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FBI investigating possible revenge hacking by U.S. banks

American companies are seeking ways to fend off hack attacks similar to the cyberattack against Sony Pictures, but the FBI is looking into some of the country's largest banks to see if they took "revenge hacking" too far and overstepped the law
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American companies are seeking ways to fend off hack attacks, like the one that recently crippled Sony Pictures.

One method they're using is called revenge hacking. Companies who are hacked will try and hack their attackers, either to shut down their systems or to retrieve stolen information. But according to U.S. law, that is illegal. Now, the FBI is looking into some of the country's largest banks to see if they took revenge too far, CBS News' Jan Crawford reports.

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In 2012, the U.S. government announced that Iran was behind the hacking of some of the country's largest banking institutions. The banks soon met with U.S. officials, where according to Bloomberg News, an individual from J.P. Morgan proposed that the banks hit back by taking down the Iranian servers.

"There were a lot of legal questions that came up, but somebody shut down the servers, and the FBI is trying to find out who did it," Bloomberg News reporter Michael Riley said.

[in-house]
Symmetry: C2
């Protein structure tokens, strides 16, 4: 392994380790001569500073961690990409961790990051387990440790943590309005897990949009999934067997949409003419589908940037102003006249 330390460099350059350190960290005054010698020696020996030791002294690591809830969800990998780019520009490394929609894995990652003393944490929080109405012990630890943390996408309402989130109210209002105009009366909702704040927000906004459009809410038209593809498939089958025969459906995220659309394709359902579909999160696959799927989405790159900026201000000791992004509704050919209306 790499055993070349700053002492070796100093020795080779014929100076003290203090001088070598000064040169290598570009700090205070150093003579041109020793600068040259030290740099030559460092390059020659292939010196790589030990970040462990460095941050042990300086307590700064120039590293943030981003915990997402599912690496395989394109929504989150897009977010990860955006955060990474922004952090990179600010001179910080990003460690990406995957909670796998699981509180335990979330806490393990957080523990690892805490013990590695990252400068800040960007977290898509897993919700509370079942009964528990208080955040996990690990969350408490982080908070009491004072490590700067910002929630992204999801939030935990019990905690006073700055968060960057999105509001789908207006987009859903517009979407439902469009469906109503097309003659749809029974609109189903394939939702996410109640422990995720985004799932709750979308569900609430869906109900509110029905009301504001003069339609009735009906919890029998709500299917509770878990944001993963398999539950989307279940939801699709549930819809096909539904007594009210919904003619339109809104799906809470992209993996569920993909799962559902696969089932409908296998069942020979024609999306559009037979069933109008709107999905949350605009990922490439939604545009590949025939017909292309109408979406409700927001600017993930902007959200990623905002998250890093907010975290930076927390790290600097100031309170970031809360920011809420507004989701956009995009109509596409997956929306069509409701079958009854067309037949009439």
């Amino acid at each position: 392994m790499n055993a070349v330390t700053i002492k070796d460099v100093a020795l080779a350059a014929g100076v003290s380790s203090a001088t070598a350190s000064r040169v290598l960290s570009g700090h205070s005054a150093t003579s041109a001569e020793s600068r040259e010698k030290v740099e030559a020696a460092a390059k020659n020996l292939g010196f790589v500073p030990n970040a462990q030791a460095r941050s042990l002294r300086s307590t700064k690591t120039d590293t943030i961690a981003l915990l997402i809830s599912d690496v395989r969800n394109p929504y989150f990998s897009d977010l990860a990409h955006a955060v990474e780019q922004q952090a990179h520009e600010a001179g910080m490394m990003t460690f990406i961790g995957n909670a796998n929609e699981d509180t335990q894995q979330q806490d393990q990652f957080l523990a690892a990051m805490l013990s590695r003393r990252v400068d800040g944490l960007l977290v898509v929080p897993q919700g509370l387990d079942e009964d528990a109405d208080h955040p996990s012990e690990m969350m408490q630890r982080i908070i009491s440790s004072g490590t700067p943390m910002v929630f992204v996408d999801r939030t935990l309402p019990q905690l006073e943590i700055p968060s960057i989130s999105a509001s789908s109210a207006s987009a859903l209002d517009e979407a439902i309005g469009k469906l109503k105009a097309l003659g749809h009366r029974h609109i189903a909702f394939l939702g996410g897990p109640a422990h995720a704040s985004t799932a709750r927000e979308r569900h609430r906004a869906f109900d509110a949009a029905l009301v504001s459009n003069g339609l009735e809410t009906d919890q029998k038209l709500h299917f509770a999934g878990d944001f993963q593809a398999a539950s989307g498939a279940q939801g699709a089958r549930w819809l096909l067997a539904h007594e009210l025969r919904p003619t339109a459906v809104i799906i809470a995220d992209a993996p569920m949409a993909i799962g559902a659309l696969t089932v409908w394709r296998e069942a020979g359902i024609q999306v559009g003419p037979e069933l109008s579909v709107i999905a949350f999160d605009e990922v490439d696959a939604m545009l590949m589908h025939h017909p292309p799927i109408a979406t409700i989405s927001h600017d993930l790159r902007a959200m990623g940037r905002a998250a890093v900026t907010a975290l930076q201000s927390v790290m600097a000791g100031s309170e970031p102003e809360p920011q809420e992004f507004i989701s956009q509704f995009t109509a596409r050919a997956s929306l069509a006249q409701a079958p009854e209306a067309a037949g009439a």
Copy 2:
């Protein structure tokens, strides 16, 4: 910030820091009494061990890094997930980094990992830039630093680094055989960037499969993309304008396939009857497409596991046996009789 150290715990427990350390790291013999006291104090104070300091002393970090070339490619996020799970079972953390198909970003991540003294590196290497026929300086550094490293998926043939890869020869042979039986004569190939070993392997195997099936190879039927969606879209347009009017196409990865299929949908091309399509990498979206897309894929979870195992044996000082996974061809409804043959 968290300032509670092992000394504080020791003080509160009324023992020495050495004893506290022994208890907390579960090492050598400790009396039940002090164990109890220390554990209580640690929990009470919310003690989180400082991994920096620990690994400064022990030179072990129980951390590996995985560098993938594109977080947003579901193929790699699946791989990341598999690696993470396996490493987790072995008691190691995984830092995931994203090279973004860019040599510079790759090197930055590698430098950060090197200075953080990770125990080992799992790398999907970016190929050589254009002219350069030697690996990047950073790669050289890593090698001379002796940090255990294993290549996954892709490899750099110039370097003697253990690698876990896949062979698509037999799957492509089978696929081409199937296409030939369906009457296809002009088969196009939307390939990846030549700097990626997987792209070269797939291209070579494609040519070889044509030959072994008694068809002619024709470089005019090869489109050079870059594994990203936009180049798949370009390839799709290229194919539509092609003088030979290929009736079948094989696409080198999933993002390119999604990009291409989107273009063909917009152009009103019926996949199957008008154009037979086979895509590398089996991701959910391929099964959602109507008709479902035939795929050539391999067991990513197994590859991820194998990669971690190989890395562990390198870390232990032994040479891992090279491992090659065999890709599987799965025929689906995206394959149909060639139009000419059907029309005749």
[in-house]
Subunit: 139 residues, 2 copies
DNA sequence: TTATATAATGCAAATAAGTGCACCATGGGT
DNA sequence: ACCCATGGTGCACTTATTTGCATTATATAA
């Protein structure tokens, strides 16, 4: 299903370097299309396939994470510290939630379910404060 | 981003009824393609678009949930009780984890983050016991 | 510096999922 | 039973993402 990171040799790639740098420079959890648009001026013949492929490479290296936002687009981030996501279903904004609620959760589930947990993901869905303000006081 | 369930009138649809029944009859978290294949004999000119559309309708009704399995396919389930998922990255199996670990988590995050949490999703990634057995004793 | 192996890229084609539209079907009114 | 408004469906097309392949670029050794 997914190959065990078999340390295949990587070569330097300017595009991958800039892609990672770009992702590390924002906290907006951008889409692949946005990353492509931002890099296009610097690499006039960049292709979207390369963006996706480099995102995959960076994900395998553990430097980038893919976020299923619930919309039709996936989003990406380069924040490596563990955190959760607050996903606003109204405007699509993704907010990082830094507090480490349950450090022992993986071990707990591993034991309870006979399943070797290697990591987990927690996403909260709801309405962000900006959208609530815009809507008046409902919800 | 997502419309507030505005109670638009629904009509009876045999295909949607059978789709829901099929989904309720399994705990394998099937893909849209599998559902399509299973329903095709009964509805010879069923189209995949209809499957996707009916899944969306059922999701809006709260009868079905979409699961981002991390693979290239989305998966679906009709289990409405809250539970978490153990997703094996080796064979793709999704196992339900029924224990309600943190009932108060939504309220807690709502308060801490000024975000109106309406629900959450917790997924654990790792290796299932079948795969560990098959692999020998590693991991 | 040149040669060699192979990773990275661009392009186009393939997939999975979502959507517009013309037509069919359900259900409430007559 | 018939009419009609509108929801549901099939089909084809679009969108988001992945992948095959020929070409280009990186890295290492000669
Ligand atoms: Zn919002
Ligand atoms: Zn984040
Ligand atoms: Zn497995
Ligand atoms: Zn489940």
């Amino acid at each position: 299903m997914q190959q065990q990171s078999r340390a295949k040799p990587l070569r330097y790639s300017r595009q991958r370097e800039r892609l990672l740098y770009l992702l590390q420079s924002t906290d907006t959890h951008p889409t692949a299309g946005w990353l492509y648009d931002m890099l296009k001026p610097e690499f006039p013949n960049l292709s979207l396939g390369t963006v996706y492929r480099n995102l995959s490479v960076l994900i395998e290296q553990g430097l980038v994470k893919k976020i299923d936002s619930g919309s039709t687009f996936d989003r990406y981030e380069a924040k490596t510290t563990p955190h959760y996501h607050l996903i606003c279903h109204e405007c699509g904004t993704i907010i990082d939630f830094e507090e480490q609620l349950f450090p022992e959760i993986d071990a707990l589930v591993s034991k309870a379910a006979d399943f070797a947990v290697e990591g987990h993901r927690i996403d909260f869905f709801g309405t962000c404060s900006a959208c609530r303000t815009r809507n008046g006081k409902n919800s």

According to the Computer Fraud and Abuse Act, a law passed almost 30 years ago, U.S. companies cannot access external computers to overload servers to retrieve stolen information or even to stop an impending attack.

"Right now the situation is that companies are on defense," Riley said. "They have to try and keep hackers out of their networks, and the hackers only have to win once."

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Riley said the recent Sony hack showed that the FBI can help figure out who is behind an attack and can provide a company information on how to get the hackers out of their networks, but at that point information is already compromised.

"They are incredibly frustrated, they are incredibly vulnerable, and they are looking for other options, and some of those options may be going after the hackers," Riley said.

And for many companies the financial incentive is high. In 2013, Target reported up to 40 million debit or credit card accounts were compromised by hackers. Another 70 million customers had personal data stolen, eventually costing upwards of $350 million. A recent report by McAfee estimated that hacking costs the global economy up to $575 billion annually.

"Companies are under attack. Look at Target; Sony, they have been sued. Sony is being sued by their own employees saying, 'You should have done more to protect my data,'" cyber security firm Fortalice Solutions CEO Theresa Payton said.

She advises companies that, despite pressure, to not resort to cyber vigilantism.

"You could actually make a bad situation go from bad to a catastrophe," Payton said. "You have no idea what you could be taking offline. It could be an energy utility server. It could be a financial services server of a small community bank -- you don't know."

Payton said she hopes the FBI investigation will actually create a better framework for all industries dealing with hacking threats so they're better protected and not as vulnerable.

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